Thursday, April 16, 2009

wells and divining rods

Economist magazine has an article in its April 11 - 17 issue titled Sin Aqua Non. Their take on the international water situation is that the world has enough water, but we're wasting so much of it that we're creating water shortages.

How are we wasting it? Well - one primary way is by eating too much meat.

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Two global trends have added to the pressure on water. Both are likely to accelerate over coming decades.

The first is demography. Over the past 50 years, as the world’s population rose from 3 billion to 6.5 billion, water use roughly trebled. On current estimates, the population is likely to rise by a further 2 billion by 2025 and by 3 billion by 2050. Demand for water will rise accordingly.

Or rather, by more. Possibly a lot more. It is not the absolute number of people that makes the biggest difference to water use but changing habits and diet. Diet matters more than any single factor because agriculture is the modern Agasthya, the mythical Indian giant who drank the seas dry. Farmers use about three-quarters of the world’s water; industry uses less than a fifth and domestic or municipal use accounts for a mere tenth.

Different foods require radically different amounts of water. To grow a kilogram of wheat requires around 1,000 litres. But it takes as much as 15,000 litres of water to produce a kilo of beef. The meaty diet of Americans and Europeans requires around 5,000 litres of water a day to produce. The vegetarian diets of Africa and Asia use about 2,000 litres a day (for comparison, Westerners use just 100-250 litres a day in drinking and washing).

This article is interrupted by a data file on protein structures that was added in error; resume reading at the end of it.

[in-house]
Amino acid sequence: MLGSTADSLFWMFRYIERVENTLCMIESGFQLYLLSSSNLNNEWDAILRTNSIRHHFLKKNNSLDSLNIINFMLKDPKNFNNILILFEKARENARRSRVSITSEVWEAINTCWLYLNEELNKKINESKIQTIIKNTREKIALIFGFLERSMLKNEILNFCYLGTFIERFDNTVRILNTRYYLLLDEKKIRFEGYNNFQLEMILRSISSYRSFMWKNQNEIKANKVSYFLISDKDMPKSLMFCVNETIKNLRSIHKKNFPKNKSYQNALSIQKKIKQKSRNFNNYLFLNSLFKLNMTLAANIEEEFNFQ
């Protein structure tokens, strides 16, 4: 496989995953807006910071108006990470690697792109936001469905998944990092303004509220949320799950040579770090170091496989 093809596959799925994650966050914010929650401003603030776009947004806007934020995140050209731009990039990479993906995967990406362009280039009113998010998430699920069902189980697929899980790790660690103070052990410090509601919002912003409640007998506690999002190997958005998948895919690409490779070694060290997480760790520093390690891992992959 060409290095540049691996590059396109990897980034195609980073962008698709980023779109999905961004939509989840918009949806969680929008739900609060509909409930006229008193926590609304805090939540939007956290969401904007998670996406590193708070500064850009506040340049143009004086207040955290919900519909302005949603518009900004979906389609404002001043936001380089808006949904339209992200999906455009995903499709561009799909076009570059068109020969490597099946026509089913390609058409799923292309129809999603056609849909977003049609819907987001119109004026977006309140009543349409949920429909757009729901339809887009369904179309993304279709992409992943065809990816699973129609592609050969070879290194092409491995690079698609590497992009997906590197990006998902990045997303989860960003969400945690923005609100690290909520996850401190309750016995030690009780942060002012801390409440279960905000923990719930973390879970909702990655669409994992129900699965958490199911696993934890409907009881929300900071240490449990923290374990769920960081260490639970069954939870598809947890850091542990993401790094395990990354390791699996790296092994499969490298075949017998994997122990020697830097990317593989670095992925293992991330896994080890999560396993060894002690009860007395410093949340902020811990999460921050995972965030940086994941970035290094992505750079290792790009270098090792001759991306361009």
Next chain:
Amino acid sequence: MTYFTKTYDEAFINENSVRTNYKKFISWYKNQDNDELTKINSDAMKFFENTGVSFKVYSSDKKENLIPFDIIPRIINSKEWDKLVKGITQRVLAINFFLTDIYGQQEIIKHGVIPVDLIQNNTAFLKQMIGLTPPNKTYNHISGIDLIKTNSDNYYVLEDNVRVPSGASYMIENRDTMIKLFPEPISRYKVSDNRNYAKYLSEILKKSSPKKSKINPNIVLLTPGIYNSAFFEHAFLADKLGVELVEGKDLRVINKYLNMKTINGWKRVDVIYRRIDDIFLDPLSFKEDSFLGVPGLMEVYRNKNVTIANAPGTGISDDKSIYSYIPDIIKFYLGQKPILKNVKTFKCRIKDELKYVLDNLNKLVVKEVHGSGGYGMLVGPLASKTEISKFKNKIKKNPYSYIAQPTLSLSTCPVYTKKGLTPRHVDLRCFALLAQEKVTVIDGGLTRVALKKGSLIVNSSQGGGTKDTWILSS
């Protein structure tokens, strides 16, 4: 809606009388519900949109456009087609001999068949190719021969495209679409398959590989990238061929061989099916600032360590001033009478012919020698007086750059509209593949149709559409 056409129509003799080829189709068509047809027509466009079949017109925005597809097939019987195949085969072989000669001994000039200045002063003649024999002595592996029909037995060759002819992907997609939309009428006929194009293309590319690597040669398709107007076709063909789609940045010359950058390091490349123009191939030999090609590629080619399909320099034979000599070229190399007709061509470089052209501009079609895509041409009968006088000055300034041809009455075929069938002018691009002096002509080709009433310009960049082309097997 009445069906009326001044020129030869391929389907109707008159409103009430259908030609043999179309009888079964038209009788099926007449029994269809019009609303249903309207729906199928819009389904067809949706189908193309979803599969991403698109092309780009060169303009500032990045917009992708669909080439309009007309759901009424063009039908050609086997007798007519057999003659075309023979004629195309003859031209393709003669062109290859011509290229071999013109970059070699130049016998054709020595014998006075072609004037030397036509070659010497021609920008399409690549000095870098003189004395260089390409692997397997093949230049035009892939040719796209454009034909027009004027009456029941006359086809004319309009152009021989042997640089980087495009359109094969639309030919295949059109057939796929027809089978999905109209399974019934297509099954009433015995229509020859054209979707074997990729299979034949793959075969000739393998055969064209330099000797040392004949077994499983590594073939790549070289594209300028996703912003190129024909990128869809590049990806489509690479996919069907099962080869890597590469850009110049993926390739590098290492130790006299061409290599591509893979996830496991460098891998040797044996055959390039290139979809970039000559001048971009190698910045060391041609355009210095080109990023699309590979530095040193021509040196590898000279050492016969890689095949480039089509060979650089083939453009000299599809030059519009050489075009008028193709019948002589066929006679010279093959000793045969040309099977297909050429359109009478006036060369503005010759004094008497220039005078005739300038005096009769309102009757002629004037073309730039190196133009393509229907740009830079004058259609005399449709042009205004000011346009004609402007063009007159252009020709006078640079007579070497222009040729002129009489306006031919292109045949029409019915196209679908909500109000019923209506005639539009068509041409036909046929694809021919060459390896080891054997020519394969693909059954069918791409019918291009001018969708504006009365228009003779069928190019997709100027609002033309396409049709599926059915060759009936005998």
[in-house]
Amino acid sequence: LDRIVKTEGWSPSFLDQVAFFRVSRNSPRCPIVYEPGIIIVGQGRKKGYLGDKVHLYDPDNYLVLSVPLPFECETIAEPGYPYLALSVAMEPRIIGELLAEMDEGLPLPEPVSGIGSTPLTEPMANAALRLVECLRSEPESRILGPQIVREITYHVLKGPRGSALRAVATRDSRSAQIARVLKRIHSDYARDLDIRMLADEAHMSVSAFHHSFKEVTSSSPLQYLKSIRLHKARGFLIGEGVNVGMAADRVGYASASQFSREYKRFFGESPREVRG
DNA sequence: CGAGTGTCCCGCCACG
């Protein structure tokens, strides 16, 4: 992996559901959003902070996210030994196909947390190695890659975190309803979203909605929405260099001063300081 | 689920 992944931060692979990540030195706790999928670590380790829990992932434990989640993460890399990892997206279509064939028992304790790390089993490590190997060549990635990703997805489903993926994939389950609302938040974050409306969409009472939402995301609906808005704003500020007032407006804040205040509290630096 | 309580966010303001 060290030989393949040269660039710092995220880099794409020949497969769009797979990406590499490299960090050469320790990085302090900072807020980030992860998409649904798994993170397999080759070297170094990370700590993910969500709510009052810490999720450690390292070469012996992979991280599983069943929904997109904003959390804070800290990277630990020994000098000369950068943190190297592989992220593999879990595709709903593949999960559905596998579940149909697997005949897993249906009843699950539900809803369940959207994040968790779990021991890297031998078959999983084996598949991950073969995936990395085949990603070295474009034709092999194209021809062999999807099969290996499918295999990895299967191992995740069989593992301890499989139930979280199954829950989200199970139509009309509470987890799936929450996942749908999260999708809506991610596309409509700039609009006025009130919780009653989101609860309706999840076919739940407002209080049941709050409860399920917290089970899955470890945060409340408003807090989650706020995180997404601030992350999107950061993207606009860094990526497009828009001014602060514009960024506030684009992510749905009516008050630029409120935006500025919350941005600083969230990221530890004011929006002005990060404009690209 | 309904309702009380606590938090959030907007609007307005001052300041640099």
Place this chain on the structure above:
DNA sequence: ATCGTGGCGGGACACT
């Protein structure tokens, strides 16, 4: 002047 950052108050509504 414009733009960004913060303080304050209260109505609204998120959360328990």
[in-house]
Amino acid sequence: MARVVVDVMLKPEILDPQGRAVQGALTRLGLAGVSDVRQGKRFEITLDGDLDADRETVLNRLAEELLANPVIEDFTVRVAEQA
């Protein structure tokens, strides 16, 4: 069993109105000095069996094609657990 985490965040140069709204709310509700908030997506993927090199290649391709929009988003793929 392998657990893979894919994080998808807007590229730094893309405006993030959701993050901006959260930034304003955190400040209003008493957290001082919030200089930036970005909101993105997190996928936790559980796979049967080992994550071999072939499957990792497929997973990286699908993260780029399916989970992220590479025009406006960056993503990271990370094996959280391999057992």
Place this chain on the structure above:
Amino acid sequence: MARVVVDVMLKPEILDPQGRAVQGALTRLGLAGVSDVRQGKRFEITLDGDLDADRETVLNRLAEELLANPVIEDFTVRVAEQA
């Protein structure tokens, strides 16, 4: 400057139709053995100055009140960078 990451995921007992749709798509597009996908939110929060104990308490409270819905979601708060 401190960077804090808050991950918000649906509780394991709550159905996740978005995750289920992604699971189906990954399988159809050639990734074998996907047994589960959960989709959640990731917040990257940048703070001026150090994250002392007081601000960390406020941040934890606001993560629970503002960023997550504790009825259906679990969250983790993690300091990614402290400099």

So the shift from vegetarian diets to meaty ones—which contributed to the food-price rise of 2007-08—has big implications for water, too. In 1985 Chinese people ate, on average, 20kg of meat; this year, they will eat around 50kg. This difference translates into 390km3 (1km3 is 1 trillion litres) of water—almost as much as total water use in Europe.

The shift of diet will be impossible to reverse since it is a product of rising wealth and urbanisation. In general, “water intensity” in food increases fastest as people begin to climb out of poverty, because that is when they start eating more meat. So if living standards in the poorest countries start to rise again, water use is likely to soar.

Moreover, almost all the 2 billion people who will be added to the world’s population between now and 2030 are going to be third-world city dwellers—and city people use more water than rural folk. The Food and Agriculture Organisation reckons that, without changes in efficiency, the world will need as much as 60% more water for agriculture to feed those 2 billion extra mouths. That is roughly 1,500km3 of the stuff—as much as is currently used for all purposes in the world outside Asia.

1 comment:

FixedXorBroken said...

I became vegetarian partially for the compassionate reasons, but water use is one of the most compelling arguments.

I'm probably preaching to the choir (or for the vegans out their, some sort of Super Choir) but it wasn't a hard lifestyle change to make.